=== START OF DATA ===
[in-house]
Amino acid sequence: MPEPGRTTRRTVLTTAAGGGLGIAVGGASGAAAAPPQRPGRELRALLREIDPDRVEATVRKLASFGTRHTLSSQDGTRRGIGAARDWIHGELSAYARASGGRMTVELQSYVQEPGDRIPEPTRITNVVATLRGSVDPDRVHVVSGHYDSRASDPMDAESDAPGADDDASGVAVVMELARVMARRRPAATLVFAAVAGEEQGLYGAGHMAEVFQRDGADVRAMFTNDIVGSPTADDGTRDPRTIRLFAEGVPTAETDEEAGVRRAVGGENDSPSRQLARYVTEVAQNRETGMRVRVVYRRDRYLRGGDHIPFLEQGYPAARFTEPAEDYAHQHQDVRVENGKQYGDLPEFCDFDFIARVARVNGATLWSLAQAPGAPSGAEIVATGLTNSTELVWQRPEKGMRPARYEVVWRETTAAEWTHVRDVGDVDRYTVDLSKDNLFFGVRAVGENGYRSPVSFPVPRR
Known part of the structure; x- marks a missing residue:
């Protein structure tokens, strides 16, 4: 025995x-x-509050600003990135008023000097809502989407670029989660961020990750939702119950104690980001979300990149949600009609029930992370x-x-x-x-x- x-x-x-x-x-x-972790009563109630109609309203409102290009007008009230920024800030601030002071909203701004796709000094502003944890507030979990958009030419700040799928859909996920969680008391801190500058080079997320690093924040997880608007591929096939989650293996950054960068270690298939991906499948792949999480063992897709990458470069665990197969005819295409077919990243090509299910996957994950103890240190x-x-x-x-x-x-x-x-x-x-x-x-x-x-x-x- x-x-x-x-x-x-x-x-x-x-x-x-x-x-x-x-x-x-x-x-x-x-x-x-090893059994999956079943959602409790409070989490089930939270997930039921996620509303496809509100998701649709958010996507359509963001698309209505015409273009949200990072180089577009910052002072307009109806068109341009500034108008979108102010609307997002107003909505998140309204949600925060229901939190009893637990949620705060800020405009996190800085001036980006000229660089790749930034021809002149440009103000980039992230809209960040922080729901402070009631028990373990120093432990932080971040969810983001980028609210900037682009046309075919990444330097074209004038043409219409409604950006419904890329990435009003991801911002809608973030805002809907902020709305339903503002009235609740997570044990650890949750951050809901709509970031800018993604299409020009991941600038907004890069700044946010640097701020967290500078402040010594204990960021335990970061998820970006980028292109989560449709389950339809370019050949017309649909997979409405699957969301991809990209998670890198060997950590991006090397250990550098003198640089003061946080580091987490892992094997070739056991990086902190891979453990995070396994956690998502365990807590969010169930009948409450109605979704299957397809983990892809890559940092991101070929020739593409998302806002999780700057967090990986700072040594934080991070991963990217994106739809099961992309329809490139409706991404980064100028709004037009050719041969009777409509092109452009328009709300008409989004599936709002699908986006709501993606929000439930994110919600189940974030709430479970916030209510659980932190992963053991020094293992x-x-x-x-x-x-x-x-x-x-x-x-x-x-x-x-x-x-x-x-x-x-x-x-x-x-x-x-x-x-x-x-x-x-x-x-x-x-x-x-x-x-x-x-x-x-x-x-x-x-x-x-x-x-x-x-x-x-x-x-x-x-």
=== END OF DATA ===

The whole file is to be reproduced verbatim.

[in-house]
Amino acid sequence: MPEPGRTTRRTVLTTAAGGGLGIAVGGASGAAAAPPQRPGRELRALLREIDPDRVEATVRKLASFGTRHTLSSQDGTRRGIGAARDWIHGELSAYARASGGRMTVELQSYVQEPGDRIPEPTRITNVVATLRGSVDPDRVHVVSGHYDSRASDPMDAESDAPGADDDASGVAVVMELARVMARRRPAATLVFAAVAGEEQGLYGAGHMAEVFQRDGADVRAMFTNDIVGSPTADDGTRDPRTIRLFAEGVPTAETDEEAGVRRAVGGENDSPSRQLARYVTEVAQNRETGMRVRVVYRRDRYLRGGDHIPFLEQGYPAARFTEPAEDYAHQHQDVRVENGKQYGDLPEFCDFDFIARVARVNGATLWSLAQAPGAPSGAEIVATGLTNSTELVWQRPEKGMRPARYEVVWRETTAAEWTHVRDVGDVDRYTVDLSKDNLFFGVRAVGENGYRSPVSFPVPRR
Known part of the structure; x- marks a missing residue:
């Protein structure tokens, strides 16, 4: 025995x-x-509050600003990135008023000097809502989407670029989660961020990750939702119950104690980001979300990149949600009609029930992370x-x-x-x-x- x-x-x-x-x-x-972790009563109630109609309203409102290009007008009230920024800030601030002071909203701004796709000094502003944890507030979990958009030419700040799928859909996920969680008391801190500058080079997320690093924040997880608007591929096939989650293996950054960068270690298939991906499948792949999480063992897709990458470069665990197969005819295409077919990243090509299910996957994950103890240190x-x-x-x-x-x-x-x-x-x-x-x-x-x-x-x- x-x-x-x-x-x-x-x-x-x-x-x-x-x-x-x-x-x-x-x-x-x-x-x-090893059994999956079943959602409790409070989490089930939270997930039921996620509303496809509100998701649709958010996507359509963001698309209505015409273009949200990072180089577009910052002072307009109806068109341009500034108008979108102010609307997002107003909505998140309204949600925060229901939190009893637990949620705060800020405009996190800085001036980006000229660089790749930034021809002149440009103000980039992230809209960040922080729901402070009631028990373990120093432990932080971040969810983001980028609210900037682009046309075919990444330097074209004038043409219409409604950006419904890329990435009003991801911002809608973030805002809907902020709305339903503002009235609740997570044990650890949750951050809901709509970031800018993604299409020009991941600038907004890069700044946010640097701020967290500078402040010594204990960021335990970061998820970006980028292109989560449709389950339809370019050949017309649909997979409405699957969301991809990209998670890198060997950590991006090397250990550098003198640089003061946080580091987490892992094997070739056991990086902190891979453990995070396994956690998502365990807590969010169930009948409450109605979704299957397809983990892809890559940092991101070929020739593409998302806002999780700057967090990986700072040594934080991070991963990217994106739809099961992309329809490139409706991404980064100028709004037009050719041969009777409509092109452009328009709300008409989004599936709002699908986006709501993606929000439930994110919600189940974030709430479970916030209510659980932190992963053991020094293992x-x-x-x-x-x-x-x-x-x-x-x-x-x-x-x-x-x-x-x-x-x-x-x-x-x-x-x-x-x-x-x-x-x-x-x-x-x-x-x-x-x-x-x-x-x-x-x-x-x-x-x-x-x-x-x-x-x-x-x-x-x-």